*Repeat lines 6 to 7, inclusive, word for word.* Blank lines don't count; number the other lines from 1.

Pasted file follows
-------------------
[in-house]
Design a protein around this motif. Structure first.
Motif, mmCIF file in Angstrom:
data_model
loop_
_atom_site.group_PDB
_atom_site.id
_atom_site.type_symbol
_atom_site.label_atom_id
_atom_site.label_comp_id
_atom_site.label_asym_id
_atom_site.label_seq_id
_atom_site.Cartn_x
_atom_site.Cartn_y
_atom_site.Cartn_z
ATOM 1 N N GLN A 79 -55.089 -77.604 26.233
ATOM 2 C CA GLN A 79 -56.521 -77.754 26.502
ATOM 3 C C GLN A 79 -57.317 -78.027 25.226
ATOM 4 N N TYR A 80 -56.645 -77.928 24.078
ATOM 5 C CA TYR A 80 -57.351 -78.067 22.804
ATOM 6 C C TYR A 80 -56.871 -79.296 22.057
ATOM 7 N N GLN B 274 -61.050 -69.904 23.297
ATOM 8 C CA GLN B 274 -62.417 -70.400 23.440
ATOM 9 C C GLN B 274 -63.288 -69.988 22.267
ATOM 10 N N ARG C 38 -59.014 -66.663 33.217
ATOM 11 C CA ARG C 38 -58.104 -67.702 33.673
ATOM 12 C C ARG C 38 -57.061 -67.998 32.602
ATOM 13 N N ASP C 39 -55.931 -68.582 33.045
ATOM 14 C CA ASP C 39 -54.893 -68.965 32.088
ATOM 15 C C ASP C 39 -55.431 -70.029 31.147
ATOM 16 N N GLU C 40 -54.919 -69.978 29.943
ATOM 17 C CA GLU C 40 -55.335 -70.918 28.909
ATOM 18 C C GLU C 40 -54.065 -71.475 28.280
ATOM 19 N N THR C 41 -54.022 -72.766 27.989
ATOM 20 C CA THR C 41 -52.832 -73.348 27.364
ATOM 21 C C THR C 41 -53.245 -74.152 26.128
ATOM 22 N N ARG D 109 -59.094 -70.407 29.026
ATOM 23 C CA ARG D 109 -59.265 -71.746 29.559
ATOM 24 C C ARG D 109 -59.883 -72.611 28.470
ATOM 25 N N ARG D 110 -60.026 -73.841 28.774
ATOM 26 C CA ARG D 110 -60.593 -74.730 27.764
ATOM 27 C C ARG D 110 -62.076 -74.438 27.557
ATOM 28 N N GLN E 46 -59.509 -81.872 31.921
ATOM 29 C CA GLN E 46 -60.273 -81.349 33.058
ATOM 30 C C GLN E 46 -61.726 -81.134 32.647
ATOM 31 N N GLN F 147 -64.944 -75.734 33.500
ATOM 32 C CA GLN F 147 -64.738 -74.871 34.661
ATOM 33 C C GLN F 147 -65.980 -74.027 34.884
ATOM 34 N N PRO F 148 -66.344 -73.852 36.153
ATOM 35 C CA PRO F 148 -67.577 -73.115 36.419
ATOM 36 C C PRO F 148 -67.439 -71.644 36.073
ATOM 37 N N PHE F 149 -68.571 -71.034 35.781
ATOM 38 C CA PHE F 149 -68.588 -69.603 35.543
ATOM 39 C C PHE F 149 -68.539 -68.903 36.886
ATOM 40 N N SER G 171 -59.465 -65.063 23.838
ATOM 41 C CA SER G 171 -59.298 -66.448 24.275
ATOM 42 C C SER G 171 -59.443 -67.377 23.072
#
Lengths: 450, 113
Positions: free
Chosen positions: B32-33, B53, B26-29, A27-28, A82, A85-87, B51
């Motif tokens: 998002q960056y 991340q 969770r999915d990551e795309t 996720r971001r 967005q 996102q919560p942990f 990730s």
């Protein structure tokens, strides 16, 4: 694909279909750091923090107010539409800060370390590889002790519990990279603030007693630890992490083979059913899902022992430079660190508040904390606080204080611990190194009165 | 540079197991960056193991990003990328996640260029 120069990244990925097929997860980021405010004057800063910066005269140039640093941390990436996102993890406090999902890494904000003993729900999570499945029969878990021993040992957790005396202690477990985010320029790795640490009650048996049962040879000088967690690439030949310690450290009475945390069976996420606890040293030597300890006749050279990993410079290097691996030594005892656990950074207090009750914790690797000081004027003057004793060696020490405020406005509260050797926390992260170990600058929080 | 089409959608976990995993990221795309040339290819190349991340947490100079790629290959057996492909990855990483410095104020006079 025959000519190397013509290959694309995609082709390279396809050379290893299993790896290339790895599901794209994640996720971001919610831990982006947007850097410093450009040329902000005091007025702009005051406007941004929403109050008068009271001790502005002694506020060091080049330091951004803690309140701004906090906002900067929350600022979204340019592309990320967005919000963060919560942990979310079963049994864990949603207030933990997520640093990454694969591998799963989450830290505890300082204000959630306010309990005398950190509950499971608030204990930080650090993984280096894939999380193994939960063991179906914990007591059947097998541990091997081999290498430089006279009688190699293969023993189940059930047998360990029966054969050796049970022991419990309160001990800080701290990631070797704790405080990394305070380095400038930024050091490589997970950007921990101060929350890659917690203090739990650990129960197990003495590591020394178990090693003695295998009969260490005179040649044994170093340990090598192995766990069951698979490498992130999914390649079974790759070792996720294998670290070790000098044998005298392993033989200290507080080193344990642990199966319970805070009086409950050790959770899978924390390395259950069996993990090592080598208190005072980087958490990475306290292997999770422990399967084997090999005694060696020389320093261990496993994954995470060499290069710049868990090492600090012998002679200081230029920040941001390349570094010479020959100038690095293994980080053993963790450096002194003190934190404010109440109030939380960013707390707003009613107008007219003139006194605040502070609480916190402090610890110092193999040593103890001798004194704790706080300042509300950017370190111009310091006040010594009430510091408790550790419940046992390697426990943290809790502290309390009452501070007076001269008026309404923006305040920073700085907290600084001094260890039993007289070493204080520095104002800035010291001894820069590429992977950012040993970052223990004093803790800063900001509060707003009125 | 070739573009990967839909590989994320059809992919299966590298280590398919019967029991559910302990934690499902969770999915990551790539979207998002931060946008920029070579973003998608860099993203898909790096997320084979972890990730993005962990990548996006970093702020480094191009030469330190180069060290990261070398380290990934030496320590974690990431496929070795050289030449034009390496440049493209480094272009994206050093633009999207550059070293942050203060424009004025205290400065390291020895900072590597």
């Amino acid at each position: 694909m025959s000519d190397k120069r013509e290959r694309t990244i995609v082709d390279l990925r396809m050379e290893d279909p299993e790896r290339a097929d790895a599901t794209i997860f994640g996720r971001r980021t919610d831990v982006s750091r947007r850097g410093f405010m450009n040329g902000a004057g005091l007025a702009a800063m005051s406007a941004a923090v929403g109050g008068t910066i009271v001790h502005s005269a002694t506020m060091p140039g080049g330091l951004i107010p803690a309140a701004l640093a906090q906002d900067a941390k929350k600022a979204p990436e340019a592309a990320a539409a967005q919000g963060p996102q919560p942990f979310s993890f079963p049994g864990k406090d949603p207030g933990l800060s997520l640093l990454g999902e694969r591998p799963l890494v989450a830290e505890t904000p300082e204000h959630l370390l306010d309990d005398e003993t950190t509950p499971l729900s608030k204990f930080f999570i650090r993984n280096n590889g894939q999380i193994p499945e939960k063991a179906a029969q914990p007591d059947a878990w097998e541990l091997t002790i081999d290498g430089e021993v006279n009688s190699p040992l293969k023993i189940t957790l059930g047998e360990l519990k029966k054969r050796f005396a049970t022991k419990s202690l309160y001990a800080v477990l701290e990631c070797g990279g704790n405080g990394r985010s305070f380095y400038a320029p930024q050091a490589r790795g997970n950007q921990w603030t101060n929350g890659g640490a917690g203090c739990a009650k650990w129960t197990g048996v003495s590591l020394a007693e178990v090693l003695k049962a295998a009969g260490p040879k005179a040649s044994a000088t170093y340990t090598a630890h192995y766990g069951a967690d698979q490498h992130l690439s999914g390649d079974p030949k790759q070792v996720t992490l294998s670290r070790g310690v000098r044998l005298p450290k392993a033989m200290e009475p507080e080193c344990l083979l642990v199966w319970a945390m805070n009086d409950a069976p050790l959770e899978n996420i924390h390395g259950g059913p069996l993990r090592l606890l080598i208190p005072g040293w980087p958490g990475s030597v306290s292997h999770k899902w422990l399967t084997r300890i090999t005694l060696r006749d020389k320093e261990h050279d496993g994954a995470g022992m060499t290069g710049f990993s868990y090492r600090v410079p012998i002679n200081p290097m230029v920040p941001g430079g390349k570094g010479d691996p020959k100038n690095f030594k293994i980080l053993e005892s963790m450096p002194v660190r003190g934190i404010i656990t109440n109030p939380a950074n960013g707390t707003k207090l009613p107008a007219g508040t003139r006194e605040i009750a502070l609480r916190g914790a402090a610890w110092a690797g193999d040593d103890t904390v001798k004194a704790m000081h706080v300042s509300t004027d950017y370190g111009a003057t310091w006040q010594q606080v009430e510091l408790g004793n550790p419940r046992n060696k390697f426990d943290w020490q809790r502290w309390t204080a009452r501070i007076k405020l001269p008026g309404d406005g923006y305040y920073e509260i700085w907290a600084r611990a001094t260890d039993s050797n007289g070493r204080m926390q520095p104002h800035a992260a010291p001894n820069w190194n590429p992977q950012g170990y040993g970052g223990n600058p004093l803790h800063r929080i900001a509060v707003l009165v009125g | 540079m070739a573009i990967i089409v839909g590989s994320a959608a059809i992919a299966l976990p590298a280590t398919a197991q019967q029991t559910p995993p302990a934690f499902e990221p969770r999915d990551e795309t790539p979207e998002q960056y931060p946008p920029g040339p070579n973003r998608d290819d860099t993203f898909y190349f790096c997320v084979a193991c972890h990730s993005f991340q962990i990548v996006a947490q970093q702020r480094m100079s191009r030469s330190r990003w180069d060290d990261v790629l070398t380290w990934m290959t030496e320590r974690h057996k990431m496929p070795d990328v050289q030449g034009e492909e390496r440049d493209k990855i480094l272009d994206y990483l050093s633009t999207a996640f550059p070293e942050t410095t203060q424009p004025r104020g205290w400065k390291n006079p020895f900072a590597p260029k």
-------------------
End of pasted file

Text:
_atom_site.group_PDB
_atom_site.id